This is a fan. It is also a letter. Or, more precisely, the copy of a letter. Li Zhi wrote the letter in the 7th Century. He later became a Chinese emperor. Back then, world leaders were polite.
The fan isn't by Li Zhi. The fan is by Zhu Da. Zhu Da copied the letter onto the fan in 1693. In addition to being beautiful to look upon, the letter is very, very funny. We'll have to quote from the Metropolitan Museum of Art's online catalogue's translator, because we, alas, are lamentably deficient in the ancient and venerable Chinese language. Here's what the letter says, according to the esteemed expert:
Uncle, you possess a great many artistic talents and you are an outstanding, compassionate teacher. Your son Ai has thus received an exemplary education and he is receptive and diligent, especially in calligraphy. When I heard that he had lately become particularly fond of the "Flying white" technique, I playfully took up my brush to amuse him. What I wrote is far from the graceful forms of the Six Calligraphic Modes and remiss in elegant diction. Yet, soon afterward I received your letter in which you so generously praised my work. In truth, the work is mere "ink traces" and does not deserve such attention. Reading your letter repeatedly only added to my embarrassment.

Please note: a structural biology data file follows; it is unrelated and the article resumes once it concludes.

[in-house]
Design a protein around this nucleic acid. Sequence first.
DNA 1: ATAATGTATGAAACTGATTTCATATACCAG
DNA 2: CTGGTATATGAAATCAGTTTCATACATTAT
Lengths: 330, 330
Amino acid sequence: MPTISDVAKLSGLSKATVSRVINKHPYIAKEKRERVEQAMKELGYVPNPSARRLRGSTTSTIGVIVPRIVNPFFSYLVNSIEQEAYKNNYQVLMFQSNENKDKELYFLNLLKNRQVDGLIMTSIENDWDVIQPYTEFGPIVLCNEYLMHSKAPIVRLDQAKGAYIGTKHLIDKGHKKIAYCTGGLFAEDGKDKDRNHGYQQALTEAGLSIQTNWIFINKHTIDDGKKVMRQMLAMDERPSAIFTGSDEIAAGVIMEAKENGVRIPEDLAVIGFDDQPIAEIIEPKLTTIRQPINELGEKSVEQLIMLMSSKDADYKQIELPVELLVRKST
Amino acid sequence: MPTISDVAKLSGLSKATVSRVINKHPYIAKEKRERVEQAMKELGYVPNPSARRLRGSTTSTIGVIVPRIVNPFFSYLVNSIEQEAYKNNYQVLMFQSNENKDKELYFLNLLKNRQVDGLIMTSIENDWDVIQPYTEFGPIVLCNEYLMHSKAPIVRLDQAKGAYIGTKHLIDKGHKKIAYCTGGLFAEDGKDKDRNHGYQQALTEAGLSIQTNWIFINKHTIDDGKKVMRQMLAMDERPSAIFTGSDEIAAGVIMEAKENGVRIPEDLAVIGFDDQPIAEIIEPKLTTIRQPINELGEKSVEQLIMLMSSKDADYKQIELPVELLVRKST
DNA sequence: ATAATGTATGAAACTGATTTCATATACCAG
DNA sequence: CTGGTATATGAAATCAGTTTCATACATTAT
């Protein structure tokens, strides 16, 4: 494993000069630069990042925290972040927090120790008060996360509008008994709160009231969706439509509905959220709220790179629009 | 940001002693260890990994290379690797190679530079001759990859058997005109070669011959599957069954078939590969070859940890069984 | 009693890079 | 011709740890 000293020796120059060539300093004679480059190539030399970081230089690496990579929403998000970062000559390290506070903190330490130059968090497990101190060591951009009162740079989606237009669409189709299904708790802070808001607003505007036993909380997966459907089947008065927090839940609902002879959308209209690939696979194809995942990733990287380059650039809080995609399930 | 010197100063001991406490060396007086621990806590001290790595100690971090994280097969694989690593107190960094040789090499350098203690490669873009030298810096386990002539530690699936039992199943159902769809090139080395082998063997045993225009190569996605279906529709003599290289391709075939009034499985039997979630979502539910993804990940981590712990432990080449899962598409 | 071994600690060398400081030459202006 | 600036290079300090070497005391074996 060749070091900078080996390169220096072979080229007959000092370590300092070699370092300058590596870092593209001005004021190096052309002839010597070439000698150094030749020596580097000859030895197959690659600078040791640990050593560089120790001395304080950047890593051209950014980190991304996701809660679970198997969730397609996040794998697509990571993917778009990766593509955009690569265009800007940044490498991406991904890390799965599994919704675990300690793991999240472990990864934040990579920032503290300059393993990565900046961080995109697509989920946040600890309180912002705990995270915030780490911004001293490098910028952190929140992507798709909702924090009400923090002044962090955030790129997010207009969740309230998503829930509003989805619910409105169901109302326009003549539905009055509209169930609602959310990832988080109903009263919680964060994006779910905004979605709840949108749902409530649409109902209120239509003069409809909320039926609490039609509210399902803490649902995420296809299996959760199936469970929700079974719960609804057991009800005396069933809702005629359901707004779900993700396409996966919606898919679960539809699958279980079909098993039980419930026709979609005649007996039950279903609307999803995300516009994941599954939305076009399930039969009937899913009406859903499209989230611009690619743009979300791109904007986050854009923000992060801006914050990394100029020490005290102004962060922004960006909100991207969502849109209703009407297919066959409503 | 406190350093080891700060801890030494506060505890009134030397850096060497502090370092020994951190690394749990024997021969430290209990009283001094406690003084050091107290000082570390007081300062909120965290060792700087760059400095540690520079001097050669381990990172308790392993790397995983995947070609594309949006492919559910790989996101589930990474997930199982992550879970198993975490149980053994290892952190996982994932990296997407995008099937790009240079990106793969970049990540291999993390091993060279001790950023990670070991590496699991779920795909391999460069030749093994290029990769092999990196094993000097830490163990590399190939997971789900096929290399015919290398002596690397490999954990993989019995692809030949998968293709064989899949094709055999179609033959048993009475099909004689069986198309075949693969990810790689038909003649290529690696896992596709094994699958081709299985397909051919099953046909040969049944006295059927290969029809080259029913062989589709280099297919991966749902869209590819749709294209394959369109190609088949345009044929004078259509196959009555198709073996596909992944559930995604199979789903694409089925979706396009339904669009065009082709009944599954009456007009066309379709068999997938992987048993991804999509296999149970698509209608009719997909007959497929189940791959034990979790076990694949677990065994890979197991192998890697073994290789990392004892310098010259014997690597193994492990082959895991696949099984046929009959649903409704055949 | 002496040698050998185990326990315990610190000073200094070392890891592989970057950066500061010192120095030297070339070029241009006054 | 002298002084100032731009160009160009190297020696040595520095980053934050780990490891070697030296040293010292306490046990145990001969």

Remember: The letter-writer grew up to become an emperor. There's a lesson in there somewhere, and we wish modern politicians would learn it.